There are people who seem unflappable in chaotic and high-pressure moments: the unrealistic deadline, the hair-pin coastal drive, the medical emergency. And then there are the rest of us.
A number of factors can influence our tendency to freak out during intense situations — including a genetic predisposition to anxiety. But it’s also likely due to the normal functioning of your brain chemistry, says Loretta Graziano Breuning, PhD, author of Habits of a Happy Brain.
“A stressful event triggers a cascade of hormones, including adrenaline and cortisol,” Breuning explains. “This can prepare you for action, but it can also speed your heartbeat and cause a surge through your body that makes it hard to calm down.”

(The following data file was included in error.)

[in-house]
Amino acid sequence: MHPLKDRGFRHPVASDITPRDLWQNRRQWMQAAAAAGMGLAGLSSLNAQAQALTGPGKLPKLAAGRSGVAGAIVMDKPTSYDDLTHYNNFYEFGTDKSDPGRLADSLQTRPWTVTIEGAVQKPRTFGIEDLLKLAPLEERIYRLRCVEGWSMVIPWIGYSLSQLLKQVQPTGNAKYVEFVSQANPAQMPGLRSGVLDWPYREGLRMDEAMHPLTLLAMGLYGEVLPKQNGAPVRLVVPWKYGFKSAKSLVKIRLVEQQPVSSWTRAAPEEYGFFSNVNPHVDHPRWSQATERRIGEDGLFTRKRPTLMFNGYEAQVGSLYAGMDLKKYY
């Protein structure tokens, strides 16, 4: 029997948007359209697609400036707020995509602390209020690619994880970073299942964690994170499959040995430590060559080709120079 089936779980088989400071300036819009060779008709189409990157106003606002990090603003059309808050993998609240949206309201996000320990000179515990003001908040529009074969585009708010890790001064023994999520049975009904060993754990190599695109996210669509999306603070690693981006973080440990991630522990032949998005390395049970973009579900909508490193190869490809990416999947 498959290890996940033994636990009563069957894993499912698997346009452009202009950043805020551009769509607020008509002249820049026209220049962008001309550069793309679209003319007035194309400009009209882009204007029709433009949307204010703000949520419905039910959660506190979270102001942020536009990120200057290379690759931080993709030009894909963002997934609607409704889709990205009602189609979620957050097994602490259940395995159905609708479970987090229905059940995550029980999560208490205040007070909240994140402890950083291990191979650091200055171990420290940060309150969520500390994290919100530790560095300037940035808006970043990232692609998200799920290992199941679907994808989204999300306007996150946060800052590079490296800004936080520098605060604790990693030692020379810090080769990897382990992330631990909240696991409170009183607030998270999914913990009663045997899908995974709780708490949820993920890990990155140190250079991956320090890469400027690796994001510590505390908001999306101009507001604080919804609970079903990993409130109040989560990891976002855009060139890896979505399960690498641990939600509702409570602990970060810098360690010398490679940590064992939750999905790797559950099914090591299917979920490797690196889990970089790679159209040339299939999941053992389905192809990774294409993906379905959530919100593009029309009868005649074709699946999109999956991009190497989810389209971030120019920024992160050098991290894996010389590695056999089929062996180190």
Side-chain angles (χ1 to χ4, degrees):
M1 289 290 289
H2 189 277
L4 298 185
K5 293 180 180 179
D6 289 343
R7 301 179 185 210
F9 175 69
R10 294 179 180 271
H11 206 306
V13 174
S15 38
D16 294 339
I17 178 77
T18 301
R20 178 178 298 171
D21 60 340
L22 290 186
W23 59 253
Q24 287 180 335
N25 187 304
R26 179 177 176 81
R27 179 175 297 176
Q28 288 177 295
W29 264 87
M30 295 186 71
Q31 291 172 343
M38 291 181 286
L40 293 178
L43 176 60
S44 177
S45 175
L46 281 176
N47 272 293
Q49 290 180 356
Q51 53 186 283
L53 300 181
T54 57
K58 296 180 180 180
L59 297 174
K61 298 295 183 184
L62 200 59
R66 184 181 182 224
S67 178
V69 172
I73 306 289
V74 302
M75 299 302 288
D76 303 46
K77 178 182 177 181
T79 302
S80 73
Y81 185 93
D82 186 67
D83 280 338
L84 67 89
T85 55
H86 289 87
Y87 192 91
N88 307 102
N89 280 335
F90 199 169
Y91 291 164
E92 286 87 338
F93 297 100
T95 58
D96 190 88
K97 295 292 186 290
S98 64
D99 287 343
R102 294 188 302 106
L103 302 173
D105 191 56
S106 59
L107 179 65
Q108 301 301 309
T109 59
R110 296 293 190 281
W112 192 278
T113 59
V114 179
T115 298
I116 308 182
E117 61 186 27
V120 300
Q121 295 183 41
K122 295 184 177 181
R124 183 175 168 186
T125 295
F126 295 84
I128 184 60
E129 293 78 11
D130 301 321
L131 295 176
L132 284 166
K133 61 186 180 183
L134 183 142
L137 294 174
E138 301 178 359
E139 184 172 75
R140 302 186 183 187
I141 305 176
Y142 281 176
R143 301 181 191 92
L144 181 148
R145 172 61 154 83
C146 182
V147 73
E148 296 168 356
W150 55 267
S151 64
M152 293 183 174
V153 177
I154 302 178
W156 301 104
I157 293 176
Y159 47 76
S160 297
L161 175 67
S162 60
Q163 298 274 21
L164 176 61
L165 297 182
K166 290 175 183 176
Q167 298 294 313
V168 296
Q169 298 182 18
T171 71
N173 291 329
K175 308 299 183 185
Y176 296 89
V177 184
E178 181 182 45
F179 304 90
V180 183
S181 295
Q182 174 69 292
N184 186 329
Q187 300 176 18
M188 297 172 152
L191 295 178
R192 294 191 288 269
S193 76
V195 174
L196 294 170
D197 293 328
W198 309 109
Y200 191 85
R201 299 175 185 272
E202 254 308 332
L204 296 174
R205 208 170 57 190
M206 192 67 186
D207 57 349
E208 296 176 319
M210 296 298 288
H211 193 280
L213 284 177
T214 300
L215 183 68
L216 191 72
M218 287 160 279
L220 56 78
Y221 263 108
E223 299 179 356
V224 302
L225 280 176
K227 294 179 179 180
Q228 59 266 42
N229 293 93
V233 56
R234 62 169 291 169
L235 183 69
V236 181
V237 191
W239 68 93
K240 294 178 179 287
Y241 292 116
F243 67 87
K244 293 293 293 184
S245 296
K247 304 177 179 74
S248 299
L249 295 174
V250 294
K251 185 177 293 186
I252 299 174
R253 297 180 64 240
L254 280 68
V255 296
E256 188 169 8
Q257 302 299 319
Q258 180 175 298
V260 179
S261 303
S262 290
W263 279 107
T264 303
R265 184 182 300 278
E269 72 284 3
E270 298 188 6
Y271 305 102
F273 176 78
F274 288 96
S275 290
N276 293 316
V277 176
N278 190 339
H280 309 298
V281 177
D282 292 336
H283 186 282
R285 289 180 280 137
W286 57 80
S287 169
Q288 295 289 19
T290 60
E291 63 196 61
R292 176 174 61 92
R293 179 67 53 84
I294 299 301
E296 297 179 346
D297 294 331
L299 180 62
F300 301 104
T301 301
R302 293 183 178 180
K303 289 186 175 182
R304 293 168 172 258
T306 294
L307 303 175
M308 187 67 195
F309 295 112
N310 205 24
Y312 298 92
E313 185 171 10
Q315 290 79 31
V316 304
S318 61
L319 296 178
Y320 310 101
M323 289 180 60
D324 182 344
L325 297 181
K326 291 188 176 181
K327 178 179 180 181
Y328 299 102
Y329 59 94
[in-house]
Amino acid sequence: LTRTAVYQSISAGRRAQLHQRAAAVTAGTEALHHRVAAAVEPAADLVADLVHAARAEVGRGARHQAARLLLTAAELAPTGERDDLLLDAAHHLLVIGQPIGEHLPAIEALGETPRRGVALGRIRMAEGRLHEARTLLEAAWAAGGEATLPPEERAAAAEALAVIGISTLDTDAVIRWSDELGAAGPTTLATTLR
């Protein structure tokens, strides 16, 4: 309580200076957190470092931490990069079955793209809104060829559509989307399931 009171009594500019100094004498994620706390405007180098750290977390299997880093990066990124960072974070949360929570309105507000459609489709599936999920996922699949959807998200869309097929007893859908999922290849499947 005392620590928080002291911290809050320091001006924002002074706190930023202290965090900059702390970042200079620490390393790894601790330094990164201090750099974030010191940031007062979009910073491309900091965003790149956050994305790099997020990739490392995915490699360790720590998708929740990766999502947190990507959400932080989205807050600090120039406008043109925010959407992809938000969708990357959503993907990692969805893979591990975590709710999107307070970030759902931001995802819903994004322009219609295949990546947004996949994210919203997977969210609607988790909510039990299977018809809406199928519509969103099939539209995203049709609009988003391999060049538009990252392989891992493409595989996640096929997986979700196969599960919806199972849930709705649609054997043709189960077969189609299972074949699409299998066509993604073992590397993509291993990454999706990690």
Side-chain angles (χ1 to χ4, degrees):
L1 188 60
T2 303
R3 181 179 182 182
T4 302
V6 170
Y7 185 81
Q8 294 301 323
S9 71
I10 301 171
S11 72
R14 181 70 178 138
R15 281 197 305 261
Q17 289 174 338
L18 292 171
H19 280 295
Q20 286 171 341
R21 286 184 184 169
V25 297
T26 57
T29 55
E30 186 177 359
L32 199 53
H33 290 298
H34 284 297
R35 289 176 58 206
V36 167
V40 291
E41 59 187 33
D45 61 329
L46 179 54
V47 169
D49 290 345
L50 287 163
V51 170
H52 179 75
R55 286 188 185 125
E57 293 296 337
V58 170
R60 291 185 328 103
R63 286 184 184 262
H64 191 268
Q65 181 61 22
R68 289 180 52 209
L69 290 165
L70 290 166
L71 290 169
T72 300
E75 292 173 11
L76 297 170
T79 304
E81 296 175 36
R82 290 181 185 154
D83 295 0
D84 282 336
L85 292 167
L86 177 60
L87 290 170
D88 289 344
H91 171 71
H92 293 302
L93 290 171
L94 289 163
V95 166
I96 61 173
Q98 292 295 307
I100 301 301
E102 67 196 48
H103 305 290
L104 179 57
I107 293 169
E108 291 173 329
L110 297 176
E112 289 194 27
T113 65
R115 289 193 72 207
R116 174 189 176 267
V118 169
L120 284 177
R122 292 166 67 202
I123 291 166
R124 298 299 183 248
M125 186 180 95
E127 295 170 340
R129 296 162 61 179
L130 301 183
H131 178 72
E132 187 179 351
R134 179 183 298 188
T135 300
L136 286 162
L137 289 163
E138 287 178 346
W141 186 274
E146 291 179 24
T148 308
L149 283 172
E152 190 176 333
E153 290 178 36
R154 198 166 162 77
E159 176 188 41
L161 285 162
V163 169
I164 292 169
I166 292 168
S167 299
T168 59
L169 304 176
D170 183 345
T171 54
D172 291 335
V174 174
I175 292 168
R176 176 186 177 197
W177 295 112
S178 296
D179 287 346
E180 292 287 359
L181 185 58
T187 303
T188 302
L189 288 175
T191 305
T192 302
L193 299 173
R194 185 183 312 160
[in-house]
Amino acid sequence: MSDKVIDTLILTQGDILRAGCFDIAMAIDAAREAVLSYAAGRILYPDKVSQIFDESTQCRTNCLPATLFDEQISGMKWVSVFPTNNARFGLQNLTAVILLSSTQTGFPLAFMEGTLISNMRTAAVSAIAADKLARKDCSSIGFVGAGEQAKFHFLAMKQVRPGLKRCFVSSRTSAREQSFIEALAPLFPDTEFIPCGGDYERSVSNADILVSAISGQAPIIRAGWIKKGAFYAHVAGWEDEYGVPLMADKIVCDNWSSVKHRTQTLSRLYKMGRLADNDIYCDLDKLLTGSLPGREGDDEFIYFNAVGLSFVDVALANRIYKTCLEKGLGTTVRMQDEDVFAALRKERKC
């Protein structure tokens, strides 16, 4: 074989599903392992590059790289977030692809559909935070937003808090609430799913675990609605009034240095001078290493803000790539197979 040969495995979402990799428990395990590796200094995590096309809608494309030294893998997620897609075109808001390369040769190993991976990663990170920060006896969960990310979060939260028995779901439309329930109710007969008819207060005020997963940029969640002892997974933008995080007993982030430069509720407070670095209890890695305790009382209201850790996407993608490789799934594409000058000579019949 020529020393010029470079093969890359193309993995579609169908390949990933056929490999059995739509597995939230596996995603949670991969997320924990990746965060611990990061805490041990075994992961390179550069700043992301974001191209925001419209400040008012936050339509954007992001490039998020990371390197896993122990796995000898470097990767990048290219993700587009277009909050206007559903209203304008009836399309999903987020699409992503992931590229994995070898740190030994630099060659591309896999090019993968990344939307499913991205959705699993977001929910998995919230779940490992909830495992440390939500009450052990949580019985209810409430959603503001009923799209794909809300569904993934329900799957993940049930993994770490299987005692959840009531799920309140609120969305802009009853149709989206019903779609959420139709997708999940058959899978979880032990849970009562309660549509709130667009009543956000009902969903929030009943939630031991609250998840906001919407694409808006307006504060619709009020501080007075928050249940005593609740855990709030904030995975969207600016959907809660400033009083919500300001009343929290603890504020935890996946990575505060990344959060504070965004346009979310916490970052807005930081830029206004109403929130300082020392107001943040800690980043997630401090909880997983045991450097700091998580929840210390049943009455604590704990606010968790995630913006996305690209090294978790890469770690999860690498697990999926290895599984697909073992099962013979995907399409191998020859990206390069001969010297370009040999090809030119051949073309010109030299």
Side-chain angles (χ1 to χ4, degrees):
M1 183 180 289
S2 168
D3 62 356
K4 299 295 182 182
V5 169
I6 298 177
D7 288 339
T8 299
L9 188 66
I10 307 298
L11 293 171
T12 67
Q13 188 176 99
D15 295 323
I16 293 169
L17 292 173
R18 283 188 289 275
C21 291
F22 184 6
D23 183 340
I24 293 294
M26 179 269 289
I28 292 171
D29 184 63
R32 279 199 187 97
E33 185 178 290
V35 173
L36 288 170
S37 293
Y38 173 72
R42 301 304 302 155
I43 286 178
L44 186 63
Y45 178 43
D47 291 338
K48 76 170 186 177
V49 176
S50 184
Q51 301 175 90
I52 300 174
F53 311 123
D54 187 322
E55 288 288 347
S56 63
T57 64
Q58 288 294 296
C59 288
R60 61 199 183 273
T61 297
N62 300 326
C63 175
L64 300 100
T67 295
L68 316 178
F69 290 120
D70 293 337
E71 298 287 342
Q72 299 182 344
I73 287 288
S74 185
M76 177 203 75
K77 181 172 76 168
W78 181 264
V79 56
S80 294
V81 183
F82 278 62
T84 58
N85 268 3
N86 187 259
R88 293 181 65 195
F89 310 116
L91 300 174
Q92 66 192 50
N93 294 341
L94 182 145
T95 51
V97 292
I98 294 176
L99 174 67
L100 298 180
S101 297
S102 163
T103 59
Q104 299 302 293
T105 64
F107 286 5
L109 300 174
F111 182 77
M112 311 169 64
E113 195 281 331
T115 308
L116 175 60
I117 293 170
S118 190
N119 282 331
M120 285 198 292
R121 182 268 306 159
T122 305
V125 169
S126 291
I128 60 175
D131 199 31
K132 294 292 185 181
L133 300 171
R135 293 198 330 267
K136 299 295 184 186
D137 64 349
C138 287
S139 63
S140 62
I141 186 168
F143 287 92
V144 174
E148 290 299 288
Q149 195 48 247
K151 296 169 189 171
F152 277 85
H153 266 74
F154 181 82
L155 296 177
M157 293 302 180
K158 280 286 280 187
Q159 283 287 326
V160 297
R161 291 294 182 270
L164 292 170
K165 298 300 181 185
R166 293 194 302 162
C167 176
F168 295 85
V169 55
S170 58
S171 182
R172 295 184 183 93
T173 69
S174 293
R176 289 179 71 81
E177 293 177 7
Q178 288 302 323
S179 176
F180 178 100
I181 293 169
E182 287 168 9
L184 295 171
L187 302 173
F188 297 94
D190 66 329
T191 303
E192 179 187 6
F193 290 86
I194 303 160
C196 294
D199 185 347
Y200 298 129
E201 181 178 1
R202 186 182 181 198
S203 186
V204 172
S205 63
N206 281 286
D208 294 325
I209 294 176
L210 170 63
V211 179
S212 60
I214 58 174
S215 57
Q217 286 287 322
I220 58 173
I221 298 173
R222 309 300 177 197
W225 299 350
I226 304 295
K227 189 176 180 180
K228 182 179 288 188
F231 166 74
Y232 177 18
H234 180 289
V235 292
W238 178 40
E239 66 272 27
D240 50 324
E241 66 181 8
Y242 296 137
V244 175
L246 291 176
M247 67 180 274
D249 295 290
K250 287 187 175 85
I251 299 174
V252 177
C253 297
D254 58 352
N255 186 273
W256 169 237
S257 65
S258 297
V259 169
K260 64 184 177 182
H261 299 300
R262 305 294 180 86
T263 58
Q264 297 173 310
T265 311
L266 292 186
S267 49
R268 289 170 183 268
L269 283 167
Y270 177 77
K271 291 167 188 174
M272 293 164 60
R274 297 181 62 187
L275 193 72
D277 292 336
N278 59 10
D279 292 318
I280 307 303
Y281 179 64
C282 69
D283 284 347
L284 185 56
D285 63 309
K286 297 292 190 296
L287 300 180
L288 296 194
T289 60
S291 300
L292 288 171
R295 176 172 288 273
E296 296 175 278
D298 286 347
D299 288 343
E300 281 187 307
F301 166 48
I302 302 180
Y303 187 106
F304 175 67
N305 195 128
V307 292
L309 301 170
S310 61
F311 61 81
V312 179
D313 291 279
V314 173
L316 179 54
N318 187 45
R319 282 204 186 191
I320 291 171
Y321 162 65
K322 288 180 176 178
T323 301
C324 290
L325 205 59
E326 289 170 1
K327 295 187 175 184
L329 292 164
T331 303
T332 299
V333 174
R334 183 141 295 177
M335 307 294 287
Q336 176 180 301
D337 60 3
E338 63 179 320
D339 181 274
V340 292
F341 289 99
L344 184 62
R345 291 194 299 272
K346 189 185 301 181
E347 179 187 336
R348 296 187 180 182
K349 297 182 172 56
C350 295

For many people, crises large and small trigger the fight-or-flight response. Cue the panic, freeze-ups, intense emotions, and even disordered thinking. In this agitated state, it’s tough to see situations clearly, let alone navigate them skillfully. (For more on how stress affects your body and mind, see “The Science of Stress.”)
Fortunately for those of us whose composure flees at the first sign of trouble, we can learn to stay levelheaded, says positive-psychology researcher Michelle Gielan, author of Broadcasting Happiness: The Science of Igniting and Sustaining Positive Change.
“Having certain strategies pre-pared in advance, when you’re not in a pressure situation, can be very helpful when those moments arrive,” she explains.